The indefinite postponement of the Indian census 2021 by the Home Ministry is a blessing in disguise, because whether one believes it or not, the census criteria are replete with mistakes and anomalies, which need to be set right before the three lakh-odd enumerators venture into the nooks and crannies of the subcontinent. But would anyone in the Home Ministry, including the incorrigible Home Minister Amit Shah, admit that there are issues which need to be sorted out before the nationwide exercise takes place? Or would the Registrar General and Census Commissioner concede that the census form for 2021 requires amendment to incorporate some of the elements which had been left out, either out of callousness or deliberately?
Scholars and social activists feel that the delay in getting the census 2021 data would adversely affect many of the schemes of the government, including the public distribution system (PDS) that is based on the census data, and other welfare schemes the government had rolled out.
The forthcoming census is also hoped to focus on hitherto forgotten reality of migrant labourers, as the census 2011 did not have mention of the category of migrant labourers. Thanks to the Prime Minister's hastily announced nationwide complete lockdown, which brought to fore the plight of the unacknowledged and unregistered migrant labour force, the migrant labourers now can hope to find a place in the census.
But the undue delay in starting the Census 2021, thanks to the pandemic and the lockdown, has given a sizable number of representatives of tribal population, especially in the north Indian states, the grace period to put before the Home Ministry a glaring mistake in the listing of religions the enumerators have to choose from. One of the mistakes in the previous census is not providing 'Sarna' as the religion of most of the indigenous tribal groups, but cunningly forcing them to demarcate them as Hindu, thus surreptitiously augmenting the percentage of the Hindu population; in reality that is only a preposterous and pernicious wrong committed by the law-makers and law-enforcers.
Better late than never
Perhaps it had taken the tribal leaders of six states -- Chhattisgarh, Madhya Pradesh, Jharkhand, Odisha, West Bengal and Assam -- so long to realize that the census of the population on several criteria did not provide a place for the tribal communities on the basis of their faith, not bordering on any existing major religion, but a faith which is unique and has a name for it: Sarna or Sarna dharam. Considering the followers of Sarna as part of the Hindu pantheon could solve many problems, and the fact also reveals that a good proportion of the tribals do keep the images of Hindu deities in their houses, and celebrate Hindu festivals too, as if they are part of the Hindu-fold. This is more so in the case of tribals who live in the midst of Hindu-majority villages or towns.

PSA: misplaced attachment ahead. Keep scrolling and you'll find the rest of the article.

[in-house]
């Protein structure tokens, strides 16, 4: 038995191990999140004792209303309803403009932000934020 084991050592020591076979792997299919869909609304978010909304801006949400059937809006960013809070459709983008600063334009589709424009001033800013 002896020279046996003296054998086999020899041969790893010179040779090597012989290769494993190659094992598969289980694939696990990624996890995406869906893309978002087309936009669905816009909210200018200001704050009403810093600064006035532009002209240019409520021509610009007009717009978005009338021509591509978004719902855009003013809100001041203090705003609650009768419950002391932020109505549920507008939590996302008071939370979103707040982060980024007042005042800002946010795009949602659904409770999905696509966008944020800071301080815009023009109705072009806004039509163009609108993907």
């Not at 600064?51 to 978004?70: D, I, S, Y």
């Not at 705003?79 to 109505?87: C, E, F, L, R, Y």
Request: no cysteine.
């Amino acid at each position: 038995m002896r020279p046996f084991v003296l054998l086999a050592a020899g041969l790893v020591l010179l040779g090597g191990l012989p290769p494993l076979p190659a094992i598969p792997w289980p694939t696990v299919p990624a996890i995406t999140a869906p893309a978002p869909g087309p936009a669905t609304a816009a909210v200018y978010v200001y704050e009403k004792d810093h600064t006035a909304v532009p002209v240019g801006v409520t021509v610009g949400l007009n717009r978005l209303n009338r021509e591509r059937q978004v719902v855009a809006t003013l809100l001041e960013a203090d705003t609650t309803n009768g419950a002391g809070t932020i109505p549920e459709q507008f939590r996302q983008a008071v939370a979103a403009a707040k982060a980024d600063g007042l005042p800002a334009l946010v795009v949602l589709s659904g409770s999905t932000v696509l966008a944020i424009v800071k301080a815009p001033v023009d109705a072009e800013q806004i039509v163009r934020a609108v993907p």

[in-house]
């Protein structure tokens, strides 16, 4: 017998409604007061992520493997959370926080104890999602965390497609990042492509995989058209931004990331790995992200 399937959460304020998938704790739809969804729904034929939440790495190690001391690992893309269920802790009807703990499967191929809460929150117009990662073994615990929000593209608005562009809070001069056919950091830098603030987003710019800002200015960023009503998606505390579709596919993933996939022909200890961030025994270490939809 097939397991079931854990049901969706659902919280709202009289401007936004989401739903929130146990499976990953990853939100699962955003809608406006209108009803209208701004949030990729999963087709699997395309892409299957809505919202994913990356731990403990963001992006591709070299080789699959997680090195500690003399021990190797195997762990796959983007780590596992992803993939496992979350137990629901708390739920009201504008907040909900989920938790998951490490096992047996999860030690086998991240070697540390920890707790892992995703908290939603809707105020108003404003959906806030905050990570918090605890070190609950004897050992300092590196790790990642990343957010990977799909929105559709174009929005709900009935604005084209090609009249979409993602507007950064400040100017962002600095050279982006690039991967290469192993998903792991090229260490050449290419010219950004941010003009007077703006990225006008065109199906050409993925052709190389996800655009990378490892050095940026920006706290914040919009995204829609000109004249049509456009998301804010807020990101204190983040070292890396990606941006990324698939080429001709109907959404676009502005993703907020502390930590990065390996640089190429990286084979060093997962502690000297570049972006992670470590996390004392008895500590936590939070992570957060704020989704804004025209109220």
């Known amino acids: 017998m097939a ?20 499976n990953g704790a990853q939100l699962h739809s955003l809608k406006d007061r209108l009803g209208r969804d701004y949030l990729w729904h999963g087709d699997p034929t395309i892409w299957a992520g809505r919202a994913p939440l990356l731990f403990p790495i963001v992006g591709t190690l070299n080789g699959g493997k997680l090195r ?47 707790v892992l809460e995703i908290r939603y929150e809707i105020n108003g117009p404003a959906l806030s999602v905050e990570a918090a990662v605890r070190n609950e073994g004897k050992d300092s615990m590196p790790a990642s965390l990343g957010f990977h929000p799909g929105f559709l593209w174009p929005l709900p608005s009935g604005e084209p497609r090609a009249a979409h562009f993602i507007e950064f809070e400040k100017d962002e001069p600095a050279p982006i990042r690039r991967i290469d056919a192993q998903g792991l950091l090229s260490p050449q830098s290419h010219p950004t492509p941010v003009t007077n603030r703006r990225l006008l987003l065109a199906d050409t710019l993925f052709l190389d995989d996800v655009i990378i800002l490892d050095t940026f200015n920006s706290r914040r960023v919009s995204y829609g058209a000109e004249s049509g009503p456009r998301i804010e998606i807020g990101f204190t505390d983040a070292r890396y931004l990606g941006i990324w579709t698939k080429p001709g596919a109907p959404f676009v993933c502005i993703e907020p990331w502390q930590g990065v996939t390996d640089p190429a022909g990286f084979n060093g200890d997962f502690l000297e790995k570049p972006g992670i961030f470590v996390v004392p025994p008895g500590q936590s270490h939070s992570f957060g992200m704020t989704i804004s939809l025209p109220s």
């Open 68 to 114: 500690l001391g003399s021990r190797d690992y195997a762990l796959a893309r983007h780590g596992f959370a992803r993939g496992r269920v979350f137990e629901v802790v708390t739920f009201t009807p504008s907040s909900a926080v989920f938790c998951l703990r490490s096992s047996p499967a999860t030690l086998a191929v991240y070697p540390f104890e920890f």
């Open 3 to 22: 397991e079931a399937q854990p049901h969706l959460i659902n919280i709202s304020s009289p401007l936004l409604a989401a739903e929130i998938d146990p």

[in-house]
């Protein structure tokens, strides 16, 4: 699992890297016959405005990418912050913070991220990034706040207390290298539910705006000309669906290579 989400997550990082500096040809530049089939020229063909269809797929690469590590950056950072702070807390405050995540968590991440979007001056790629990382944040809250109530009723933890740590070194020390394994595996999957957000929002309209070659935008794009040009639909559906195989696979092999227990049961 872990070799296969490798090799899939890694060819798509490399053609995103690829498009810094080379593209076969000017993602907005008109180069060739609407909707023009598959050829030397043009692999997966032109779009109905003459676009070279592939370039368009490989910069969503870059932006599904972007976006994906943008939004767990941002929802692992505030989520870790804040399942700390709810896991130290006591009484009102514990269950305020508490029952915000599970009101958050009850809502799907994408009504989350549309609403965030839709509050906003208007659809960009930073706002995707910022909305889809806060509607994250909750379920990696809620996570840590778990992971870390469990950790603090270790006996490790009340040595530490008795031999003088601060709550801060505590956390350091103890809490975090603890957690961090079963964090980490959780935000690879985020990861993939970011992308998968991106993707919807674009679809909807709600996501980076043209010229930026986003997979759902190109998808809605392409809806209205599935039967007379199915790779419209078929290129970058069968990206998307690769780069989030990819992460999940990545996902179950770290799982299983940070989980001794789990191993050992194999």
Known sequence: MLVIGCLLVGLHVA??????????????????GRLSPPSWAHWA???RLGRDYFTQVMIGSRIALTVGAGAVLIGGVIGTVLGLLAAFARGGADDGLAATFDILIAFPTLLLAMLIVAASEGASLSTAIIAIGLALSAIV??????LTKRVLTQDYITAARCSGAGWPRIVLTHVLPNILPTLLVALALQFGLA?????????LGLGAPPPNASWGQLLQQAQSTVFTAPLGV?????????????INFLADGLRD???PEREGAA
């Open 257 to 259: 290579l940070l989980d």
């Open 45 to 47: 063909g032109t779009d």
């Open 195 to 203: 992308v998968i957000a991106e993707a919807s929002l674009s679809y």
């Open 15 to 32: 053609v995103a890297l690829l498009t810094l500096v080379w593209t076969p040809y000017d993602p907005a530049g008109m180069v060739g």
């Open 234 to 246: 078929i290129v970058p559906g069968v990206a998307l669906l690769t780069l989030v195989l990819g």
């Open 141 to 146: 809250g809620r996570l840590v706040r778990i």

Thus it would not have been easy to claim an identity for the religious identity of the tribal communities, who are spread not only in the aforementioned six states but in other states too. For instance, the tribal population in the nation's capital cannot be brushed aside as a negligible percentage. Thus one can observe such tribal population in all the major cities where they provide cheap labour and unalloyed faithfulness to the masters and middlemen.
While we may decry the fact that the tribal leaders did not have the guts and courage so far to claim the inclusion of Sarna as an alternative in the case of religion, it is never too late, especially when the nation is going through moral and political nadir, to assert the true identity of the tribals, whose religious identity cannot be sacrificed in the name of strengthening the base of the majority religious group.
Sure enough, there would be people who would ask: Would adding another alternative in the religious column as Sarna make any difference in the census data? Sure, it would. So far the tribals were categorized as Hindus, and now classifying them as Sarna would make them a separate religious group, on par with Sikhs, Jains, and Buddhists, however small that religious group may be. The strange fact is that the tribal population is much more than many of the religious groups in the country.
According to the census data of 2001, there were 84,326,240 tribals, which was 8.2% of the total population. Sure this is more than the third major religion, Christianity, in the country. With such a big population following a homogenous religious faith, should they not be identified and grouped as a religious faith of its own?
Jharkhand shows the way
It may come as a surprise that Jharkhand should show the way to the nation regarding the unique religious identity of the tribal population of the country. Known for its rich natural resources, the state is home to majority of tribal population, particularly the Santal tribals.
On November 12, 2020, the Jharkhand Assembly passed a resolution unanimously to include Sarna as a separate religion in census 2021. The BJP members had asked for the removal of the oblique in "tribal/Sarna" during the one-day Assembly session which, the Chief Minister Hemant Soren said, they had accepted, and sent the same to the Centre for approval and necessary action.
On August 12, 2021, the Jharkhand Mukti Morcha (JMM) had made a fresh appeal to the Centre to include 'Sarna' in the national census 2021, and appealed that the census be conducted on the basis of caste lines. The general secretary of JMM, Supriya Bhattacharya, said that the outcome of the census 2011 had not been tabled in the Parliament yet, though successive Union Ministers under the BJP had assured the same time and again.